It might sound a little pie-in-the-sky coming from a 23-year-old, five-foot-five kid from Michigan who looks admittedly like”a 14-year-old.” But Bakalar has drive. Since he first arrived in the city to study design and management at Parsons in 2006, he’s been ingratiating himself into the young New York social scene, first at Socialista, where he worked the door and promoted parties, and currently at the Jane Hotel, where he consults on “image” (i.e., deciding who gets in). “I well-connected myself within the five and a half years I’ve been here,” he says.
The idea for Collaborative came about when Bakalar was doing what he does best: hanging out. “I was in the Bowery Hotel lobby having a drank with one [of the kids in the agency] — I’m not going to say which — and a photographer just like handed them cash for a shoot they did and said, ‘So good to see you!’” he says. “I was like, ‘What?’ So I asked, ‘What were the usage fees? Were you compensated fairly? Did you negotiate the price? Do you know where it’s appearing? Do you know how long it’s appearing for?’ She kind of drew a blank and was like, ‘You’re right.’ They are handling these things themselves, but if they want more money, it’s awkward. It’s this business medium. So the need was there.”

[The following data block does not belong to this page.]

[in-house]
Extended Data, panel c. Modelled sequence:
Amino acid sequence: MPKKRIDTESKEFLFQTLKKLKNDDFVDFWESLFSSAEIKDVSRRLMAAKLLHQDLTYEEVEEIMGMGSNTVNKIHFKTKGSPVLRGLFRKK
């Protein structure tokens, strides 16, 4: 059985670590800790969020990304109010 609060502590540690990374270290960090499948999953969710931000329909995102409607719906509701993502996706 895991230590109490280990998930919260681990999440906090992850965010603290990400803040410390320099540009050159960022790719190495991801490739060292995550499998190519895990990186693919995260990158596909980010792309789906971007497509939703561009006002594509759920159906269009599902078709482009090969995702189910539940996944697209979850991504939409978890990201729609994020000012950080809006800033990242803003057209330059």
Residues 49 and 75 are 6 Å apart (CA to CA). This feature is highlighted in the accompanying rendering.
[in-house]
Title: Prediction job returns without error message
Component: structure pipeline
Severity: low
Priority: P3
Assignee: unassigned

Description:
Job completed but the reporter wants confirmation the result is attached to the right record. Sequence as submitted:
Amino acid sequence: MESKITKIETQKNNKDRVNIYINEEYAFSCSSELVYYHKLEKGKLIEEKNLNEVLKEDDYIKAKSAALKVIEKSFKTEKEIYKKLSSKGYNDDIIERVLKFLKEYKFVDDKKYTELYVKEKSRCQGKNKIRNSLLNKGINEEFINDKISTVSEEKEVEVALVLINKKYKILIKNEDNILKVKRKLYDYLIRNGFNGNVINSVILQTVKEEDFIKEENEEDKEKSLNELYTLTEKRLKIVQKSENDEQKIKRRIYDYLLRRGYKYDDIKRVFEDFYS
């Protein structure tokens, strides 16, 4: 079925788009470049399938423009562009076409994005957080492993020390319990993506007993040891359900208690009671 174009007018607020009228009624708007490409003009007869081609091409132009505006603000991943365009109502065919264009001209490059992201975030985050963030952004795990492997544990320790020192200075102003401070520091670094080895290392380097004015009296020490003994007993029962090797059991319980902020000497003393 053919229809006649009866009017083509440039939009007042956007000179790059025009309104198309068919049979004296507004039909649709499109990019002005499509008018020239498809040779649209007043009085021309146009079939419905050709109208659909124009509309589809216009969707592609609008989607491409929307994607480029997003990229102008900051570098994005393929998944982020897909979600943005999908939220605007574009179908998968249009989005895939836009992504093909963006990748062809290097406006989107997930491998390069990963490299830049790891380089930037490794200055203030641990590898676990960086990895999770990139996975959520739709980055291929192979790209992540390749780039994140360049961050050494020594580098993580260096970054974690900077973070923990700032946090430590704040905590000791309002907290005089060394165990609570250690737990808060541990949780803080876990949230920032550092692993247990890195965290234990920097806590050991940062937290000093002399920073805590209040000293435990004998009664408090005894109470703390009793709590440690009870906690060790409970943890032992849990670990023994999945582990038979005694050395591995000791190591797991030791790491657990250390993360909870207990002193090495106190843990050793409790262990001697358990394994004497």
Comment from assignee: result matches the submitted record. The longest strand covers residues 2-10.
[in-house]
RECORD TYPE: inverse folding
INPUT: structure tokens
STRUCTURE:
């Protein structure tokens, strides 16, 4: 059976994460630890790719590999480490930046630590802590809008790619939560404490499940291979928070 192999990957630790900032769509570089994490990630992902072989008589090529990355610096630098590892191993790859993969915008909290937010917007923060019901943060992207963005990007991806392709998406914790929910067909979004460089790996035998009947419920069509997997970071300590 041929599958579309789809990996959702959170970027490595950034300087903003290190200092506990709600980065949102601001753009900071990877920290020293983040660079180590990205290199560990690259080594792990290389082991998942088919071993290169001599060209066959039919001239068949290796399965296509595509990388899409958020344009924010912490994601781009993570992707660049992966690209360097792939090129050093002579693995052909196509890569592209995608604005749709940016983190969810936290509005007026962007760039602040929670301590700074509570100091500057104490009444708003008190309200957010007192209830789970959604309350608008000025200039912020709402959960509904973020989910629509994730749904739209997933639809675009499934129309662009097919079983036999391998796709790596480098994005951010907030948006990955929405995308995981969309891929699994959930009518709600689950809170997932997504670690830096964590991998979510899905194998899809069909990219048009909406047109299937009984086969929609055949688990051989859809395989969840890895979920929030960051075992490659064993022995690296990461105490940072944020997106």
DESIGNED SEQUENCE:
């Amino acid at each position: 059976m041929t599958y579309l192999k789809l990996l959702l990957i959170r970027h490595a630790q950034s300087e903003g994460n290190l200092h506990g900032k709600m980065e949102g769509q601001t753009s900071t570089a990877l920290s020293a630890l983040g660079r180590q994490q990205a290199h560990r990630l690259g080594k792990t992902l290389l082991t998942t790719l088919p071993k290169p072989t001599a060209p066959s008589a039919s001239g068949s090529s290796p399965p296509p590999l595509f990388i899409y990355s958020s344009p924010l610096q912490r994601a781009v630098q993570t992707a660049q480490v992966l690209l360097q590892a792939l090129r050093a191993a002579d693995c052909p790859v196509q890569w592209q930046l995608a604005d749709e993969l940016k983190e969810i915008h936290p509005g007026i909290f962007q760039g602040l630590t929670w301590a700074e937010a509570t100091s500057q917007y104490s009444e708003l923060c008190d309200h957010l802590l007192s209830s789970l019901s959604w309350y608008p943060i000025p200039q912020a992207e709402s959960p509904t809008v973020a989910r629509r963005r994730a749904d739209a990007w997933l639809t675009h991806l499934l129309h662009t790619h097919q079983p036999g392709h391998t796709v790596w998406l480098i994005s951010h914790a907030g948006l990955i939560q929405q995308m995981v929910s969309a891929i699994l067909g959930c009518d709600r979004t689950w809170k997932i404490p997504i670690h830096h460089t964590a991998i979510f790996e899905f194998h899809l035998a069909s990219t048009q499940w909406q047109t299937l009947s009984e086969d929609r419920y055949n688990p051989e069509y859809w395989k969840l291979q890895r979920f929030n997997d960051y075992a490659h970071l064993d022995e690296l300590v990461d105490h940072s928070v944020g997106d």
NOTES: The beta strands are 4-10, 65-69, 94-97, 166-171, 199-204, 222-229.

In the meantime, some particularly hip brands have begun distancing themselves from celebrity ambassadors. “A celebrity is a very obvious endorsement now. It’s commercial,” says Faran Krentcil, online editor for Nylon, which chronicles the junior jet set. Chrissie Miller, founder of Sophomore, concurred: “Charlize Theron versus Annabelle Dexter-Jones. You’d think the actor would definitely get more attention, but that isn’t the case. The fashion world has different rules, and they’re not interested in another ad with Charlize. There’s a different fashion family, a cast of characters.”